Sandpiper gains one of two Minnesota approvals
Enbridge’s Sandpiper pipeline achieved a victory in Minnesota when the state’s Public Utilities Commission approved its certificate of need, but an approval for the route is likely to be subject to some changes.
The PUC voted 5-0 June 5 to conditionally endorse the $2.6 billion pipeline which would carry crude oil from the Bakken to Superior, Wisconsin, where it could then reach refineries on the East Coast and Midwest. The PUC said it may reroute the pipeline away from environmentally sensitive bodies of water, but did not specify where. It also is requiring a study of the impacts of both the Sandpiper and Enbridge’s proposal to replace its aging Line 3 which carries oil from Alberta’s oil sands region to its terminal in Superior, potentially running some of that replacement pipe along the Sandpiper route.
While Enbridge is still subject to a lengthy review process, it continues aiming for a 2017 operating target. The pipeline could transport up to 225,000 barrels per day from North Dakota to Clearbrook, Minnesota, and up to 375,000 bpd from that point to Superior, an amount equivalent to approximately five trains of crude oil, every day.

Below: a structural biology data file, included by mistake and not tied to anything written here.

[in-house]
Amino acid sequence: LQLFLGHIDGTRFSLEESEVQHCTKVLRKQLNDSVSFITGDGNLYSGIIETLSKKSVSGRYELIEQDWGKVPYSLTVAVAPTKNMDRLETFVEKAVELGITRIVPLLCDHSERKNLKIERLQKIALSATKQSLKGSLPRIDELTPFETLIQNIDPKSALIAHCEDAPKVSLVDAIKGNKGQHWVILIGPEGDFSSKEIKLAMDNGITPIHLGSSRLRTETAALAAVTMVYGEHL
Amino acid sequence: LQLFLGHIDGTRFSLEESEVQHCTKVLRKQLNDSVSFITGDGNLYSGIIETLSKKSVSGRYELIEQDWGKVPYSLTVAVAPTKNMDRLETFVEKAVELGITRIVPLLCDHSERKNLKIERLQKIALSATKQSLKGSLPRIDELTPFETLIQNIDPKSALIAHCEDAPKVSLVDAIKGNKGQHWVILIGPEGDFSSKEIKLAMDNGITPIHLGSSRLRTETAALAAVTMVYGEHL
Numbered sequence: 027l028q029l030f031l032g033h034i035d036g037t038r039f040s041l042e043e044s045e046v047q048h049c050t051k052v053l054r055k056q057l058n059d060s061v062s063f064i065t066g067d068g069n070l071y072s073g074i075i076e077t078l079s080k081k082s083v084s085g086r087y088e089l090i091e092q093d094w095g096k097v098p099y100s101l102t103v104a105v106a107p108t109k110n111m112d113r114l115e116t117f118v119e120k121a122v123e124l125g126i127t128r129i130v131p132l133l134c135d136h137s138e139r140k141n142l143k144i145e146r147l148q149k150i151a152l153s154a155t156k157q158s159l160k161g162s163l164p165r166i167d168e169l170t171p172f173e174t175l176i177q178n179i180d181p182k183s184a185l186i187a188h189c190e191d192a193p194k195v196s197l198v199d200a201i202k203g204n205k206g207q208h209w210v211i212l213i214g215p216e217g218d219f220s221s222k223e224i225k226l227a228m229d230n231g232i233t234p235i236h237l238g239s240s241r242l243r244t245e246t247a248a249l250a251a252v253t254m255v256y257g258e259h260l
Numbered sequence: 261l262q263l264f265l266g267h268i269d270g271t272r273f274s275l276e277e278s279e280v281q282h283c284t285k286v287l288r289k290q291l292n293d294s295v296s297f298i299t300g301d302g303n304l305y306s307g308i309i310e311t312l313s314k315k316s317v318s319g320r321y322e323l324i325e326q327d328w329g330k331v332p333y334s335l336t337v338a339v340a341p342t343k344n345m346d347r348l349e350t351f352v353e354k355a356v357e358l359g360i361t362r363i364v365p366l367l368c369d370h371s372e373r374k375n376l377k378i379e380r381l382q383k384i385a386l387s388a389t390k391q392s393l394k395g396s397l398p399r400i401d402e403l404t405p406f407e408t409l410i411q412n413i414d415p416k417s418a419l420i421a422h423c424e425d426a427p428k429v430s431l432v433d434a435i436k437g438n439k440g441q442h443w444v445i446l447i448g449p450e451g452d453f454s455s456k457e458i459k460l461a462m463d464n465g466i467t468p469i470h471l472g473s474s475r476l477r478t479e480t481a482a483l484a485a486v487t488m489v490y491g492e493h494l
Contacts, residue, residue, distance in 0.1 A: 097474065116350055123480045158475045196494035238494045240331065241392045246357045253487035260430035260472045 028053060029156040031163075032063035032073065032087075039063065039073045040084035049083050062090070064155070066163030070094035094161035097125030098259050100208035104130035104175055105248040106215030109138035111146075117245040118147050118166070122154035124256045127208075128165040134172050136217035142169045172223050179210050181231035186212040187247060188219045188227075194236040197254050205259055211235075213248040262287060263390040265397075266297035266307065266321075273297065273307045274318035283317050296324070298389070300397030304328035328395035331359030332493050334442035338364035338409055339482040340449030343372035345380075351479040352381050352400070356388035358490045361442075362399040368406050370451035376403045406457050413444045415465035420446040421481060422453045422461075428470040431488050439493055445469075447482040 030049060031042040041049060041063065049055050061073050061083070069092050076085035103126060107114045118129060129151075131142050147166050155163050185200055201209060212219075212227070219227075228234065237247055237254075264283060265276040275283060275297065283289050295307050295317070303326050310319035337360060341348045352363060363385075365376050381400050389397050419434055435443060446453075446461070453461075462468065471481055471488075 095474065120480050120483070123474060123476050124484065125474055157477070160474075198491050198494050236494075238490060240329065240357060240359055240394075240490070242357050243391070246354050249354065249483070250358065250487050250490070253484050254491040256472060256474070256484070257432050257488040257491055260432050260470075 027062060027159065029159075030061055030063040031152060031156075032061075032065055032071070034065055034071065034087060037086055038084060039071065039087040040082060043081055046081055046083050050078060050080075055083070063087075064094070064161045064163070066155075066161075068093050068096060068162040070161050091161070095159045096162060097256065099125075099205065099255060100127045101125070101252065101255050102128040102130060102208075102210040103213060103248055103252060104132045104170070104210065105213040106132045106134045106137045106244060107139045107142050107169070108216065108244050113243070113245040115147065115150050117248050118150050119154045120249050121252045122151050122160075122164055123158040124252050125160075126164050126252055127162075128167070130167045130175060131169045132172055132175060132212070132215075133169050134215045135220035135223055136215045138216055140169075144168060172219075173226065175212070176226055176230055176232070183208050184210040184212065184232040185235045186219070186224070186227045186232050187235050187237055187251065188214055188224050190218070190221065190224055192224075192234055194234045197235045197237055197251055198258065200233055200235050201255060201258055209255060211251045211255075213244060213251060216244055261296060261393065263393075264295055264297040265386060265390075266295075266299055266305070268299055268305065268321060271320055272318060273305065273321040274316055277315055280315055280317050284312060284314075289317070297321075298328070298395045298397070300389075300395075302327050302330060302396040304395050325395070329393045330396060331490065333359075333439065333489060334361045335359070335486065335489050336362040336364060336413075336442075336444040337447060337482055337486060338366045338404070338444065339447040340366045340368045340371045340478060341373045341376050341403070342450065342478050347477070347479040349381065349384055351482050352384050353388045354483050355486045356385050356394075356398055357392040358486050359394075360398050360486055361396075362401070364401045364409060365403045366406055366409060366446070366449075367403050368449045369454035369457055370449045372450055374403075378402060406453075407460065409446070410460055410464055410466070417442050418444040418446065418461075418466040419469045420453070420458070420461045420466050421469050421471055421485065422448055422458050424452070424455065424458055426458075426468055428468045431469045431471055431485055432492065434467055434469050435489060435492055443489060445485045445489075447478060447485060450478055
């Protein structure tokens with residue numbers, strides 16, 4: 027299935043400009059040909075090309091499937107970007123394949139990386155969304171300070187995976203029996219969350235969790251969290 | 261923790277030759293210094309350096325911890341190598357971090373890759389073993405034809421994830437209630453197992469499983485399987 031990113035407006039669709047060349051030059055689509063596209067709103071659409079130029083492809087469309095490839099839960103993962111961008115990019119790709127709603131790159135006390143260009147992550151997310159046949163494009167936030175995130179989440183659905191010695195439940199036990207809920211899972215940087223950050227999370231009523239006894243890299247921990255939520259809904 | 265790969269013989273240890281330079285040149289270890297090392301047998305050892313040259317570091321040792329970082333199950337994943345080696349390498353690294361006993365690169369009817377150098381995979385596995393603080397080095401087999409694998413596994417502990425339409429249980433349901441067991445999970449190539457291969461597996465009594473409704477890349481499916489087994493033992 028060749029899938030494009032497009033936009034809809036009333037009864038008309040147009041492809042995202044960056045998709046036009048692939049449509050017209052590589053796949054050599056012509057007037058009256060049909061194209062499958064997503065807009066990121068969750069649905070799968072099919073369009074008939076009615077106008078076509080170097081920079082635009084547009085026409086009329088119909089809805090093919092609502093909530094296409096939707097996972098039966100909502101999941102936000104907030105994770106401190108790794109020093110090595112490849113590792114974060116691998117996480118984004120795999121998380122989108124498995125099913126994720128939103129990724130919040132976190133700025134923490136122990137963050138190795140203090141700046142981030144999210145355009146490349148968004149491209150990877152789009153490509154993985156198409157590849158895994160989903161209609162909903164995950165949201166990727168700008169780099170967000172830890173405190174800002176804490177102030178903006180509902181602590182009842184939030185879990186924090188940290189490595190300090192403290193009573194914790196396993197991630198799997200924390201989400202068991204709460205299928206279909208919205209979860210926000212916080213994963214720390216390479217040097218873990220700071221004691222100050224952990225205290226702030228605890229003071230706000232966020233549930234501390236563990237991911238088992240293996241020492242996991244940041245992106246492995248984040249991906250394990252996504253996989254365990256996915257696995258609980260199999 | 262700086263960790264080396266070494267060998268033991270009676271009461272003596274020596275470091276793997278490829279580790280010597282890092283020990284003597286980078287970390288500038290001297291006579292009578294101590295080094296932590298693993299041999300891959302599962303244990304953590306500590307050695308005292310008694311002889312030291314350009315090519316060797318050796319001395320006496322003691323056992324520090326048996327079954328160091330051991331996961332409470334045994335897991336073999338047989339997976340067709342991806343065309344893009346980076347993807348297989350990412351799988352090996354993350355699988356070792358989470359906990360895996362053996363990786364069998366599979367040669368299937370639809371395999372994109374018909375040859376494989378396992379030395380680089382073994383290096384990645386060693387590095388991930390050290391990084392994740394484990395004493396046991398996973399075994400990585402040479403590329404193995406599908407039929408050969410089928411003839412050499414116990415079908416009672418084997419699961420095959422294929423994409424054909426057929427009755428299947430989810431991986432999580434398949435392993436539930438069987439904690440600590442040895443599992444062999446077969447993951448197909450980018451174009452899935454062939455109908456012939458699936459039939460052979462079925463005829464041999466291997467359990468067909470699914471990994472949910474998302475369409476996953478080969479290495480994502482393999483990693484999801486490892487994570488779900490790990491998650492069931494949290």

But the day after the PUC’s decision, opponents of the project staged a protest through downtown St. Paul to the state Capitol, calling for the cancellation of the proposed pipeline project, claiming that the spills risk is too great for the state’s pristine waters. Organizers estimate 5,000 protestors took part in the peaceful march which included national speakers such as Sierra Club President Aaron Mair and 350.org founder Bill McKibben.
“The fossil fuel industry has been winning for 200 years, but their winning streak is over,” McKibben told protestors, calling Minnesota “ground zero” in the climate fight.
North Dakota regulators have already approved Sandpiper.
- Maxine Herr